FIND and SEARCH functions are returning the starting index of the search term. However, the ContainsString function returns a boolean result that is that term found in the text or not. the result of this function is true or false. ContainsString just need to parameters;

ContainsString(<the column you are searching into>,<text term to search for>)

Here is the result of this function used in an example:

ContainsString is not case sensitive, and it returns true for any of those values that the Search function returns a value not equal to -1 in our example.

ContainsStringExact

There is a case sensitive version of the ContainsString, called ContainsStringExact. The function can be used similar to the previous one;

Exact

Exact is not a function to search through a text. This is a function to check the equality of value with a text, the two texts should be exactly the same. This function is case sensitive. Exact, gets two text values and check if they are exactly the same or not, the result is a true or false value;

Exact(<text 1>,<text 2>)

Using the Exact, you can write an expression like below;

Other Functions

There are other functions that work with text search such as Contains, which needs its own blog post to explain. Note that the term lookup can be also done using Power Query, and if the purpose is to do pre-calculation, then it is better to do that in Power Query as a transformation. However, if the scenario needs to be dynamic, then using functions above in a measure helps. if you are not sure, when you should use Power Query transformation, and when you should use DAX, read my article here.

All in One

Here is a summary of these functions;

Video

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Reza Rad
Trainer, Consultant, Mentor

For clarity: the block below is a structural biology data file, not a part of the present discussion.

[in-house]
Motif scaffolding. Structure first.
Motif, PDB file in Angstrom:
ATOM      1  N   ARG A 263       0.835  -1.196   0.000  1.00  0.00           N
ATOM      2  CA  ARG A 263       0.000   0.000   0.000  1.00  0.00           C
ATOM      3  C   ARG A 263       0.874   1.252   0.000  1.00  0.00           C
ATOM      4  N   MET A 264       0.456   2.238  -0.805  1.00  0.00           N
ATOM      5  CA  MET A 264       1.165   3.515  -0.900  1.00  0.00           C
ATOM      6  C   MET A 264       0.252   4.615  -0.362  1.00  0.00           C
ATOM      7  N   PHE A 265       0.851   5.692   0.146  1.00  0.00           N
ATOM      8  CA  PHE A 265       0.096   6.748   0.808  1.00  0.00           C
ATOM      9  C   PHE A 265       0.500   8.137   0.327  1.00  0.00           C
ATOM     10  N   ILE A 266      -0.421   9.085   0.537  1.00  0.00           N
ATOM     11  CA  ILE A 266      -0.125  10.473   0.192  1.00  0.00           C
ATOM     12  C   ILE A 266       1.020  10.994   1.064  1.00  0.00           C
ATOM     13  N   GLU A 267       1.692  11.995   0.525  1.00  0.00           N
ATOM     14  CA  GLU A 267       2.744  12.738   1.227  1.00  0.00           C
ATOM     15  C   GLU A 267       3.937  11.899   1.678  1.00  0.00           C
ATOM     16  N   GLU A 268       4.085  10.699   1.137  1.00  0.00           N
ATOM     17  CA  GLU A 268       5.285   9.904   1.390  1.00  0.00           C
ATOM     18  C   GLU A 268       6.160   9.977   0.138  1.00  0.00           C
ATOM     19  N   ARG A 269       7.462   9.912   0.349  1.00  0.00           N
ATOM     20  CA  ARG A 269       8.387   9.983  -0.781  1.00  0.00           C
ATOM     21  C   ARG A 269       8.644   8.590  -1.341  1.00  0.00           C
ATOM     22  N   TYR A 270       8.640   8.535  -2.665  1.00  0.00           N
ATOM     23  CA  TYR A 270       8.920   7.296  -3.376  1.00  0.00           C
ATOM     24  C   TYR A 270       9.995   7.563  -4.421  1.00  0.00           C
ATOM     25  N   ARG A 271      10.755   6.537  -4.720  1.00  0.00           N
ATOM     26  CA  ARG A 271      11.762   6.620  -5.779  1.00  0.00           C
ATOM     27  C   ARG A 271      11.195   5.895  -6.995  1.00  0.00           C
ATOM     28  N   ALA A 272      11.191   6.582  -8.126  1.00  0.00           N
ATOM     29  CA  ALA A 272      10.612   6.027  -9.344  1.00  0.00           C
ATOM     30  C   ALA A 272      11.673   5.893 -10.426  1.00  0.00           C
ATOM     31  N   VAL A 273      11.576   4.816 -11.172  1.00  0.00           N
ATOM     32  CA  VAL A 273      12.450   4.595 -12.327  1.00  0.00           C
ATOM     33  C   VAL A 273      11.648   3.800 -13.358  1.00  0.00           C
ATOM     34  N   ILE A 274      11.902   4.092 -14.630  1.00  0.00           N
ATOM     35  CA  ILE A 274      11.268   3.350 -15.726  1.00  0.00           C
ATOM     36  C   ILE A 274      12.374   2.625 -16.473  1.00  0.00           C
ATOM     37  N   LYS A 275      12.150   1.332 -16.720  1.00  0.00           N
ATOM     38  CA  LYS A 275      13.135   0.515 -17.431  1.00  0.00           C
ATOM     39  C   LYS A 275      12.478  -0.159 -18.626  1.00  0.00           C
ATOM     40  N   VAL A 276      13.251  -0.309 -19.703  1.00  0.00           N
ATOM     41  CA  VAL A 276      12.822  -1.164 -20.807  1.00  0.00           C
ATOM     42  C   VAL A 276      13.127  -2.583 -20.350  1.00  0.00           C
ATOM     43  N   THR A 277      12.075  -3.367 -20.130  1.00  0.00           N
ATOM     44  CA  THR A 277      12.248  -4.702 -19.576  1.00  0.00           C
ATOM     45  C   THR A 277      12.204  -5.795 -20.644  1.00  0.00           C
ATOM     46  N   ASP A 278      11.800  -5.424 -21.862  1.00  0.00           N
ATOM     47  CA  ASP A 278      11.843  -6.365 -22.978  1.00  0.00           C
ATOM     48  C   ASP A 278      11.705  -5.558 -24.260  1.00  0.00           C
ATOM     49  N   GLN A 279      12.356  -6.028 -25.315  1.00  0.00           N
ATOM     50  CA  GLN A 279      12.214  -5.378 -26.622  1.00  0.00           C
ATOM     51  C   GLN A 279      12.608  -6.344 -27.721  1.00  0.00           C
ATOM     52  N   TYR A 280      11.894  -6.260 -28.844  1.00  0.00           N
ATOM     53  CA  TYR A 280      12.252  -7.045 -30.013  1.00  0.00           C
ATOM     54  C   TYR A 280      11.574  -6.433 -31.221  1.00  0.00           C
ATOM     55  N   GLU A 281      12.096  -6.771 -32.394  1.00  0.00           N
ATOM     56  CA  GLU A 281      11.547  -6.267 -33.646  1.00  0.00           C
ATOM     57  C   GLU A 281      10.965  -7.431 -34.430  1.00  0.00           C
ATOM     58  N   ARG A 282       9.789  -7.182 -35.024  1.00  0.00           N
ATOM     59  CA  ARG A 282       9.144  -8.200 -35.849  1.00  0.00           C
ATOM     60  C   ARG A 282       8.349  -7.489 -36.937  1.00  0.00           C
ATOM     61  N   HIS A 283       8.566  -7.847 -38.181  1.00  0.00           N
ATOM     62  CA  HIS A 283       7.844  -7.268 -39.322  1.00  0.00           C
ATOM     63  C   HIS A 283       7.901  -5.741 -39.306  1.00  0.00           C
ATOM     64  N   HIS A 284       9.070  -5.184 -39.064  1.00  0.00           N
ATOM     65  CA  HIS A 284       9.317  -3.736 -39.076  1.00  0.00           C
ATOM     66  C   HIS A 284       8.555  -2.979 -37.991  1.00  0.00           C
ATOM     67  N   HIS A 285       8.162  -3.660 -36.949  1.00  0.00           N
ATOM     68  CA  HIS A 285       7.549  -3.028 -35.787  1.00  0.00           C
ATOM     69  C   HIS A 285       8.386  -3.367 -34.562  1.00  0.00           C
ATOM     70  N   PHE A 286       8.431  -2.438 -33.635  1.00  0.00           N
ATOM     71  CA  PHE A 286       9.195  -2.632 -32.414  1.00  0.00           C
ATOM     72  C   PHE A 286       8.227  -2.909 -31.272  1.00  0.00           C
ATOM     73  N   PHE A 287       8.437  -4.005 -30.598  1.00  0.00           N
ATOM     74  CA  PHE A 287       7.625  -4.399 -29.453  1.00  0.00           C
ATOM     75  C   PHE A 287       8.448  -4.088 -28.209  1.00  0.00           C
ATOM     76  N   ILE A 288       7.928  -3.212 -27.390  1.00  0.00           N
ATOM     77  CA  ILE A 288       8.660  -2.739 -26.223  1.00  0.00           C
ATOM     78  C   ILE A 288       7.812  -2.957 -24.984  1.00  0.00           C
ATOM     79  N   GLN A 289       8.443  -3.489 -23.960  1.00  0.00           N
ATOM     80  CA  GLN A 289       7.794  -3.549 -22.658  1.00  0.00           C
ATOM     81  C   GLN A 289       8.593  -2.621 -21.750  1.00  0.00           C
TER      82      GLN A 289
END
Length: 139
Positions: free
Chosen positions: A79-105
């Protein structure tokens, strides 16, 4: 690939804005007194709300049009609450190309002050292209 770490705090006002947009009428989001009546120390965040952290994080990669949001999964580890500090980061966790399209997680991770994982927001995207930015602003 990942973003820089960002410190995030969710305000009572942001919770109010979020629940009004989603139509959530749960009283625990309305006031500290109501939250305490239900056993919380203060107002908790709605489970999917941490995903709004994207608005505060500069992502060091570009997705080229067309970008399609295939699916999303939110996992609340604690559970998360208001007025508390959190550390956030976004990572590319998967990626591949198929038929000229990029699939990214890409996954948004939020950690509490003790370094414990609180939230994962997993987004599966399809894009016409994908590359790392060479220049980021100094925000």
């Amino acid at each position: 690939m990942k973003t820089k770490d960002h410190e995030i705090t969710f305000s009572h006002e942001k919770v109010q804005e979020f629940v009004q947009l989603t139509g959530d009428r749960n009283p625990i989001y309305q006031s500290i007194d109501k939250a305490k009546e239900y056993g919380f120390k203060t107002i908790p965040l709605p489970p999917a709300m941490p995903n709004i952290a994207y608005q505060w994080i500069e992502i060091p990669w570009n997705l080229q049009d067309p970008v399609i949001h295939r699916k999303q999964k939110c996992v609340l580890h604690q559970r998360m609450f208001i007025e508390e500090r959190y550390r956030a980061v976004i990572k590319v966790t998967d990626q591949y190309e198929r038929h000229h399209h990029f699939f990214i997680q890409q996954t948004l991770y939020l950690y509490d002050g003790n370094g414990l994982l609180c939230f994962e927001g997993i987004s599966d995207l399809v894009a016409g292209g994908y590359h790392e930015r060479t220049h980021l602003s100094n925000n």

Reza Rad is a Microsoft Regional Director, an Author, Trainer, Speaker and Consultant. He has a BSc in Computer engineering; he has more than 20 years’ experience in data analysis, BI, databases, programming, and development mostly on Microsoft technologies. He is a Microsoft Data Platform MVP for nine continuous years (from 2011 till now) for his dedication in Microsoft BI. Reza is an active blogger and co-founder of RADACAD. Reza is also co-founder and co-organizer of Difinity conference in New Zealand.
His articles on different aspects of technologies, especially on MS BI, can be found on his blog: https://radacad.com/blog.
He wrote some books on MS SQL BI and also is writing some others, He was also an active member on online technical forums such as MSDN and Experts-Exchange, and was a moderator of MSDN SQL Server forums, and is an MCP, MCSE, and MCITP of BI. He is the leader of the New Zealand Business Intelligence users group. He is also the author of very popular book Power BI from Rookie to Rock Star, which is free with more than 1700 pages of content and the Power BI Pro Architecture published by Apress.
He is an International Speaker in Microsoft Ignite, Microsoft Business Applications Summit, Data Insight Summit, PASS Summit, SQL Saturday and SQL user groups. And He is a Microsoft Certified Trainer.
Reza’s passion is to help you find the best data solution, he is Data enthusiast.